Poi­soned Kim brother ‘CIA in­for­mant’

The West Australian - - WORLD -

Kim Jong Nam, the half-brother of North Korean leader Kim Jong Un killed in Malaysia in 2017, was an in­for­mant for the CIA, the Wall Street Jour­nal says.

Cit­ing an un­named source, the news­pa­per said many de­tails of Kim Jong Nam’s re­la­tion­ship with the CIA re­mained un­clear. The US Cen­tral In­tel­li­gence Agency has de­clined to com­ment.

The WSJ quoted the per­son as say­ing the was “a nexus” be­tween the CIA and Kim Jong Nam.

“Sev­eral former US of­fi­cials said the half-brother, who had lived out­side of North Korea for many years and had no known power base in Py­ongyang, was un­likely to be able to pro­vide de­tails of the secretive coun­try’s in­ner work­ings,” it said.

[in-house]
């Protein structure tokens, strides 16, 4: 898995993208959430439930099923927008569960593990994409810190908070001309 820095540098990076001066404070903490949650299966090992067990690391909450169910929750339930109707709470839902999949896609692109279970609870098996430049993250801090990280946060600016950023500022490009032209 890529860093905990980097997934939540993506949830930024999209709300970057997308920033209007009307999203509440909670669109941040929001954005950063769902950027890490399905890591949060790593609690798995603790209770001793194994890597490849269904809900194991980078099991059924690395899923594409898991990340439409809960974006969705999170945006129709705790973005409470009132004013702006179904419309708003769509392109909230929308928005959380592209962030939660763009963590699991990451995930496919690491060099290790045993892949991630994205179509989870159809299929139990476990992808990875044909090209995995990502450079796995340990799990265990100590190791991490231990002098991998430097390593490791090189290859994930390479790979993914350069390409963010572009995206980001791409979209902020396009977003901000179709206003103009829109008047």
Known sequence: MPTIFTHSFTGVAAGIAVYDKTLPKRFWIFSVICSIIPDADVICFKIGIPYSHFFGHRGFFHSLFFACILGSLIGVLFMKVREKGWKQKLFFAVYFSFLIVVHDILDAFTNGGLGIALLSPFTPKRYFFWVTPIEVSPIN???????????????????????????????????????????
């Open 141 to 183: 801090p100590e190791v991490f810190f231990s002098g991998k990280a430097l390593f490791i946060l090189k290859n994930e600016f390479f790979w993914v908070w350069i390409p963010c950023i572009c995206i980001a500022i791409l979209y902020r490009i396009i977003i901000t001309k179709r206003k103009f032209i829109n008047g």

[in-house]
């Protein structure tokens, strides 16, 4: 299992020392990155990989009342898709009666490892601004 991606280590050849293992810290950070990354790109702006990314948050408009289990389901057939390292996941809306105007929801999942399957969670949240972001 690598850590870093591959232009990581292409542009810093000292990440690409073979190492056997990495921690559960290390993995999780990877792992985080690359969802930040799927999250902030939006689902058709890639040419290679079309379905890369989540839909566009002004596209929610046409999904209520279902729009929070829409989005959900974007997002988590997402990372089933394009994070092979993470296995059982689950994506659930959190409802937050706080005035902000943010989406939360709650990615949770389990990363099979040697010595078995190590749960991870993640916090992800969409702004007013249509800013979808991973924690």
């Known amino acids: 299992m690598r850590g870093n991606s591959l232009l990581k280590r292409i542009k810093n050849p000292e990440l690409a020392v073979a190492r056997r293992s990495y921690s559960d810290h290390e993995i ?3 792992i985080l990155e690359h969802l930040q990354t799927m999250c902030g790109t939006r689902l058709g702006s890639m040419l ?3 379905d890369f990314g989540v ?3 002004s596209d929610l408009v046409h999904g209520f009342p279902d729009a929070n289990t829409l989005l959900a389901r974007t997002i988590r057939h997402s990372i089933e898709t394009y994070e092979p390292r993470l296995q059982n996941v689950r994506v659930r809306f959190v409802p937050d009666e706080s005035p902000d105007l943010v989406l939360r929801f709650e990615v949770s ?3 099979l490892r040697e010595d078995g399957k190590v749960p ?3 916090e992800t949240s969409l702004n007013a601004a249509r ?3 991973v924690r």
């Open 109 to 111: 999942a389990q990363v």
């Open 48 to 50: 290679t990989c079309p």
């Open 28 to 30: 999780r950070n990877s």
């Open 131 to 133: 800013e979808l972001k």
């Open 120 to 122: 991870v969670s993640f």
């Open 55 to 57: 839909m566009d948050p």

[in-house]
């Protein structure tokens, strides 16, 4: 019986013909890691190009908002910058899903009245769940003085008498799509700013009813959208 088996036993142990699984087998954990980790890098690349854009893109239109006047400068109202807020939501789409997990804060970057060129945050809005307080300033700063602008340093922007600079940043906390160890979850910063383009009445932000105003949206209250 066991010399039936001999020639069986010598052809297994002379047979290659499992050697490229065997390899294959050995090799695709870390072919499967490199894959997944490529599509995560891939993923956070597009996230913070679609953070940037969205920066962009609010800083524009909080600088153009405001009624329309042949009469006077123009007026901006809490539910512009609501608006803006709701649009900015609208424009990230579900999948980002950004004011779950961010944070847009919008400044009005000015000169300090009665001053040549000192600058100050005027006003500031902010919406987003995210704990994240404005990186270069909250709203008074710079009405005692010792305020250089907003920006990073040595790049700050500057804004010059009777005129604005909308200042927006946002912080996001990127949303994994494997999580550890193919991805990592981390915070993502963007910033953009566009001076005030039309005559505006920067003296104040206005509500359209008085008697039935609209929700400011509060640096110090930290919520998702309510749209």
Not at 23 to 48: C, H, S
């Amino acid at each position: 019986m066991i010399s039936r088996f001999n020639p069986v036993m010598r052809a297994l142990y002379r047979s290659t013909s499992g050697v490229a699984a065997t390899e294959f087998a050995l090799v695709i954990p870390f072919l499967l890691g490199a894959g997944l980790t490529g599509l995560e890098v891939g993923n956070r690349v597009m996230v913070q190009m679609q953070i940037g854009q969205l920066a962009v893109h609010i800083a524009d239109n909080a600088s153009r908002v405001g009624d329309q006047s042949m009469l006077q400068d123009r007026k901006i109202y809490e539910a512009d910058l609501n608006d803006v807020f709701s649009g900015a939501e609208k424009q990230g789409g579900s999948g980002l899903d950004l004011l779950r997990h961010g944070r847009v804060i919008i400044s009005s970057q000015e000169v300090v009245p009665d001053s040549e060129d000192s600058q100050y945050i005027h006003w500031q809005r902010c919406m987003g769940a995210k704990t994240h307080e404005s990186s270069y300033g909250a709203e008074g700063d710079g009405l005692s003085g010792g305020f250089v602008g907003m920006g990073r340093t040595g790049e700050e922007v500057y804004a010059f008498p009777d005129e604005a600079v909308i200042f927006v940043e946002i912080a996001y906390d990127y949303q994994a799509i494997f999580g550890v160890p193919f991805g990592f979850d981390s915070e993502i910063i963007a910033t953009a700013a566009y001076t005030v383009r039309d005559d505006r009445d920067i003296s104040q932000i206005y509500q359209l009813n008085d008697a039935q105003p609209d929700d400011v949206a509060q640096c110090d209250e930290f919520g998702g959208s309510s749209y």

The former of­fi­cials also said Kim Jong Nam had been al­most cer­tainly in con­tact with se­cu­rity ser­vices of other coun­tries, par­tic­u­larly China’s.

Kim Jong Nam’s role as a CIA in­for­mant is men­tioned in a book about Kim Jong Un, The Great Suc­ces­sor, by Wash­ing­ton Post re­porter Anna Fi­field. It is due to be pub­lished this week.

Fi­field says Kim Jong Nam usu­ally met his han­dlers in Sin­ga­pore and Malaysia.

The book says se­cu­rity cam­era footage from Kim Jong Nam’s last trip to Malaysia showed him in a ho­tel lift with a man re­ported to be a US in­tel­li­gence agent.

Two women were charged with poi­son­ing him by smear­ing his face with liq­uid VX, a chem­i­cal weapon, at Kuala Lumpur air­port in Fe­bru­ary 2017. They were re­leased from jail this year.

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